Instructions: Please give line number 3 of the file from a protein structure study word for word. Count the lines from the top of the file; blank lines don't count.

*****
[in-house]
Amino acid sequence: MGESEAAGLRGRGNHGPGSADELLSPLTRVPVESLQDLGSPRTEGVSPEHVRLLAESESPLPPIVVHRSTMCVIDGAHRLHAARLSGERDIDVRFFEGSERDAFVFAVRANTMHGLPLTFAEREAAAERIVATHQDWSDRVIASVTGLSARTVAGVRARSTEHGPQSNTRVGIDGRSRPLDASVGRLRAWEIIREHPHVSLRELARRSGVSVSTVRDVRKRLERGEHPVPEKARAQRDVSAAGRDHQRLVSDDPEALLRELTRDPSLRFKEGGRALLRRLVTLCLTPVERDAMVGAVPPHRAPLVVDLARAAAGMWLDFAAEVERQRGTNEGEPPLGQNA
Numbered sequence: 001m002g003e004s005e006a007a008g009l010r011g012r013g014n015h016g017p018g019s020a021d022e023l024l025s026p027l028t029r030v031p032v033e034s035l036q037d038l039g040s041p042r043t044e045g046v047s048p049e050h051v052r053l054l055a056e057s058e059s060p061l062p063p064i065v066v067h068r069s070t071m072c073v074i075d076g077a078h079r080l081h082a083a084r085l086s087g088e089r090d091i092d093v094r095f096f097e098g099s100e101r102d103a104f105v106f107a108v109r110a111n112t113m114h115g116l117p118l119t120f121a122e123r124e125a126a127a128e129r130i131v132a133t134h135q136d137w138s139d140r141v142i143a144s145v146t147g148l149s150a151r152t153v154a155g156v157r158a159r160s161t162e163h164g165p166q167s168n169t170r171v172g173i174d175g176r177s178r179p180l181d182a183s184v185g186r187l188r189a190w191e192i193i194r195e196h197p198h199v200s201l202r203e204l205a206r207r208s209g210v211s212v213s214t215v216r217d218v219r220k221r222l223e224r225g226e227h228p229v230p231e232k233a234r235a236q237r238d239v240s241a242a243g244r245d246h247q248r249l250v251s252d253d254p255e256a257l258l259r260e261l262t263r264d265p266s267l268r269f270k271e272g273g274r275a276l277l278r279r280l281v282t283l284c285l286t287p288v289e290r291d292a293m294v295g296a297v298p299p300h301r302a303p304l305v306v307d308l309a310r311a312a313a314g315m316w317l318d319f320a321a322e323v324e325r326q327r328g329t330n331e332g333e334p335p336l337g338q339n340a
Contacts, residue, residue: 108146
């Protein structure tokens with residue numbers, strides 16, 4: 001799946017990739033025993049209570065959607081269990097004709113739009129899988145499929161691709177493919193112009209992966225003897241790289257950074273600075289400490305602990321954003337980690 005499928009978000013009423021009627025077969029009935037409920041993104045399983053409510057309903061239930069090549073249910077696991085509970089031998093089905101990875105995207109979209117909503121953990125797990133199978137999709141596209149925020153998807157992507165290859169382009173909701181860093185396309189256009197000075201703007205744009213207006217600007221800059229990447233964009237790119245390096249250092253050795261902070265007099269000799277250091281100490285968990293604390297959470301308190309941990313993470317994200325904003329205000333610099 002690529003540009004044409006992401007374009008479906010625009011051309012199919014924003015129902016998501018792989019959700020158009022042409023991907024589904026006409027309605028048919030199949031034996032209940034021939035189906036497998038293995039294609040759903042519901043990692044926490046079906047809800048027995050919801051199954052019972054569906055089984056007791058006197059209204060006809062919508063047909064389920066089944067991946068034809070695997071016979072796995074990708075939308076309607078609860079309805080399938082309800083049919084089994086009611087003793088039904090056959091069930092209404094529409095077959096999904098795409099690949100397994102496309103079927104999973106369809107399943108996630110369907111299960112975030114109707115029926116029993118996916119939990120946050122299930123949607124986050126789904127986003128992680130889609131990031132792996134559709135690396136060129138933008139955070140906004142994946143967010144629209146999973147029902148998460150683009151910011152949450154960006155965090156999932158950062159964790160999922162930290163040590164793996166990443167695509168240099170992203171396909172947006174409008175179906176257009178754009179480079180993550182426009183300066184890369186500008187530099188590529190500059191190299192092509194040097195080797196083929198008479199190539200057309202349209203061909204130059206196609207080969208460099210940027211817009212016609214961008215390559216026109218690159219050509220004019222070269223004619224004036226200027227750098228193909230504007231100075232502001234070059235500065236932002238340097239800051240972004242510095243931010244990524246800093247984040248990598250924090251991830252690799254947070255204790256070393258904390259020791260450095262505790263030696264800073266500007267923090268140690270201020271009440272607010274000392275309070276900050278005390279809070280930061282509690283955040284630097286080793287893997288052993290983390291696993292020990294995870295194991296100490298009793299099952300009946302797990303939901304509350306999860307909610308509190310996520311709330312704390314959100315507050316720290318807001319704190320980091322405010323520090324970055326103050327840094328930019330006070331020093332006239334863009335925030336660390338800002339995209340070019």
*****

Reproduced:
Numbered sequence: 001m002g003e004s005e006a007a008g009l010r011g012r013g014n015h016g017p018g019s020a021d022e023l024l025s026p027l028t029r030v031p032v033e034s035l036q037d038l039g040s041p042r043t044e045g046v047s048p049e050h051v052r053l054l055a056e057s058e059s060p061l062p063p064i065v066v067h068r069s070t071m072c073v074i075d076g077a078h079r080l081h082a083a084r085l086s087g088e089r090d091i092d093v094r095f096f097e098g099s100e101r102d103a104f105v106f107a108v109r110a111n112t113m114h115g116l117p118l119t120f121a122e123r124e125a126a127a128e129r130i131v132a133t134h135q136d137w138s139d140r141v142i143a144s145v146t147g148l149s150a151r152t153v154a155g156v157r158a159r160s161t162e163h164g165p166q167s168n169t170r171v172g173i174d175g176r177s178r179p180l181d182a183s184v185g186r187l188r189a190w191e192i193i194r195e196h197p198h199v200s201l202r203e204l205a206r207r208s209g210v211s212v213s214t215v216r217d218v219r220k221r222l223e224r225g226e227h228p229v230p231e232k233a234r235a236q237r238d239v240s241a242a243g244r245d246h247q248r249l250v251s252d253d254p255e256a257l258l259r260e261l262t263r264d265p266s267l268r269f270k271e272g273g274r275a276l277l278r279r280l281v282t283l284c285l286t287p288v289e290r291d292a293m294v295g296a297v298p299p300h301r302a303p304l305v306v307d308l309a310r311a312a313a314g315m316w317l318d319f320a321a322e323v324e325r326q327r328g329t330n331e332g333e334p335p336l337g338q339n340a